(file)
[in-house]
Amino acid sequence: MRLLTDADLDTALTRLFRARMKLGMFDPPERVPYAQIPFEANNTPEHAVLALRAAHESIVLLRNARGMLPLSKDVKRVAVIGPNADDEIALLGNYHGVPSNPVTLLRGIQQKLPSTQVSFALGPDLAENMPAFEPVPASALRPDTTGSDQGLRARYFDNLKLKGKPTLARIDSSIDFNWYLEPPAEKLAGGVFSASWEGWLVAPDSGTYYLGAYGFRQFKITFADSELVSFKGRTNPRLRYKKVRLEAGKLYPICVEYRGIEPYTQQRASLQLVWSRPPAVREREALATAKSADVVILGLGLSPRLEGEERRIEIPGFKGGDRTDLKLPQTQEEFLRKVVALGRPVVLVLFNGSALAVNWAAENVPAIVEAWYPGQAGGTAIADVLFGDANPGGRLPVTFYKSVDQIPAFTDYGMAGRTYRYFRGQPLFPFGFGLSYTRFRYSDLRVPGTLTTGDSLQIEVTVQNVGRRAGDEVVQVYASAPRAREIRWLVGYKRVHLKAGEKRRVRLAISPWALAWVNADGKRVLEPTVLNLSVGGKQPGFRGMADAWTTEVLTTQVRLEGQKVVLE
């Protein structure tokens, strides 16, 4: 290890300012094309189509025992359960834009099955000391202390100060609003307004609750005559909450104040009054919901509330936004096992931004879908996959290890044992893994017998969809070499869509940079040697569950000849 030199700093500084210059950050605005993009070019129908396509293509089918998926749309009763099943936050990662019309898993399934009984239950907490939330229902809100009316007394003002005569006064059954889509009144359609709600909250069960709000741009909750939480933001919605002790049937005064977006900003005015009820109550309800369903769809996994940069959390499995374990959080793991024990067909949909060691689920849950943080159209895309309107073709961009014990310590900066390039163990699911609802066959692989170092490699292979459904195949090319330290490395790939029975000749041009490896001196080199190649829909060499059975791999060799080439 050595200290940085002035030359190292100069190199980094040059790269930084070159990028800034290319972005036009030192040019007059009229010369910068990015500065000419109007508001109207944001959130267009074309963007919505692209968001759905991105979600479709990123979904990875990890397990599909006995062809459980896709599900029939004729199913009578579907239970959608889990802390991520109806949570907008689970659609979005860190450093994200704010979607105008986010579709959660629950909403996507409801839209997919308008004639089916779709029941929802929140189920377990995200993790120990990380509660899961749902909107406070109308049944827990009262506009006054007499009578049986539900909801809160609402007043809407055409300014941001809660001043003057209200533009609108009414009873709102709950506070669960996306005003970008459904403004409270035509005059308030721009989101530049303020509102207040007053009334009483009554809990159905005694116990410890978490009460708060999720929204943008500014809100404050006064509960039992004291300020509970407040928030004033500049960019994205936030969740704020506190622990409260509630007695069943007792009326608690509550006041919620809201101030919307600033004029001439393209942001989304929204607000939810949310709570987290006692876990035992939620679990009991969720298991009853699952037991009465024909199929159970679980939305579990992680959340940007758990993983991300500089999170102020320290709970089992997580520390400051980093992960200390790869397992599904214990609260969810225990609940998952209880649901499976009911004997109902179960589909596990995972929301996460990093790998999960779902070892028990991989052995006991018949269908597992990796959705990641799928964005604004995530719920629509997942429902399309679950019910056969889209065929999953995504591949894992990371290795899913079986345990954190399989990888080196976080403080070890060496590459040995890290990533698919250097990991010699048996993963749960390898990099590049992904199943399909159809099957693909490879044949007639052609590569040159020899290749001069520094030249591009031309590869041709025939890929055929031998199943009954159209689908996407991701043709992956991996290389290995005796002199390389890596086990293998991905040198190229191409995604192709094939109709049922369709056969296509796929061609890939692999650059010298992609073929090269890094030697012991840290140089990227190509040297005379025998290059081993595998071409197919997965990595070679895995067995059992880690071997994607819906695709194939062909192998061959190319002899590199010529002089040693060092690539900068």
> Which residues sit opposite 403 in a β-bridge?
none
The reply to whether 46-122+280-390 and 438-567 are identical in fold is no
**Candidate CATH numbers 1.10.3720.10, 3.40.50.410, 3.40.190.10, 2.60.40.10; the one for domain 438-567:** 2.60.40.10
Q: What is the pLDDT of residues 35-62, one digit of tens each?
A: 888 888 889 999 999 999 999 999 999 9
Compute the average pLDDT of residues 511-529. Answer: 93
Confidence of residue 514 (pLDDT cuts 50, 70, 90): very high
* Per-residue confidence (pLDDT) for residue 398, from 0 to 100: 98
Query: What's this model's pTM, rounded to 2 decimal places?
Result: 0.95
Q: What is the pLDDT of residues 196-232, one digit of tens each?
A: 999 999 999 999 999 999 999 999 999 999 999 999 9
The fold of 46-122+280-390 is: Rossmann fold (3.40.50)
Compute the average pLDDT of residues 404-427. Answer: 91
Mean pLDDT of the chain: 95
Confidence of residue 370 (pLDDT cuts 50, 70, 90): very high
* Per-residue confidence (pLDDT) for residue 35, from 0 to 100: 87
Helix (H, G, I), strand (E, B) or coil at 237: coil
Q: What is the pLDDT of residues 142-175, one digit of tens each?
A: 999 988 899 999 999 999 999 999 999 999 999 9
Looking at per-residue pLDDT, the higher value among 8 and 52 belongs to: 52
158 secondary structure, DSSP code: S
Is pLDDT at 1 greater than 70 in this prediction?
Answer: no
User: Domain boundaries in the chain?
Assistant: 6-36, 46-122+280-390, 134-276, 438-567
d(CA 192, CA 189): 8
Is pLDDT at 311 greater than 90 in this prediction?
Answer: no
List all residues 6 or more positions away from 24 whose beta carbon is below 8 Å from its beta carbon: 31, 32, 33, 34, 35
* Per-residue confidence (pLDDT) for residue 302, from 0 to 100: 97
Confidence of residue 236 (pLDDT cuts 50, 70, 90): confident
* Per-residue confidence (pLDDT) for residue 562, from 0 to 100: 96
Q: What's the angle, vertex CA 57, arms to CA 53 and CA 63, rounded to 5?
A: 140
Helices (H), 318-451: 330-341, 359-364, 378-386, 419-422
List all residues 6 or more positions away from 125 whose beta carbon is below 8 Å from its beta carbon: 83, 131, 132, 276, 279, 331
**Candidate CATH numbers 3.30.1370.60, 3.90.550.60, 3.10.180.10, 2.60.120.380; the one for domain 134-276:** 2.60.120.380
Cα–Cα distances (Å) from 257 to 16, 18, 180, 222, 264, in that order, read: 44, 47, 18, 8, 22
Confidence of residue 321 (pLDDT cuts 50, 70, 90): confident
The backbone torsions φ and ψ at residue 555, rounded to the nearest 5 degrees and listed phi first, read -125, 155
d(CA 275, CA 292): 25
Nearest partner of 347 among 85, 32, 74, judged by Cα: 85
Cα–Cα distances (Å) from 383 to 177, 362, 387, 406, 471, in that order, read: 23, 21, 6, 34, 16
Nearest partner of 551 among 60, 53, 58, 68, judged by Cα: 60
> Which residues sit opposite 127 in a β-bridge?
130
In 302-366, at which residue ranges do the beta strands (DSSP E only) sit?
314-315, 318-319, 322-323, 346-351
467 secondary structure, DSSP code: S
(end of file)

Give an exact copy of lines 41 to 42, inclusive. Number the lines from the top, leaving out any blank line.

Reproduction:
List all residues 6 or more positions away from 125 whose beta carbon is below 8 Å from its beta carbon: 83, 131, 132, 276, 279, 331
**Candidate CATH numbers 3.30.1370.60, 3.90.550.60, 3.10.180.10, 2.60.120.380; the one for domain 134-276:** 2.60.120.380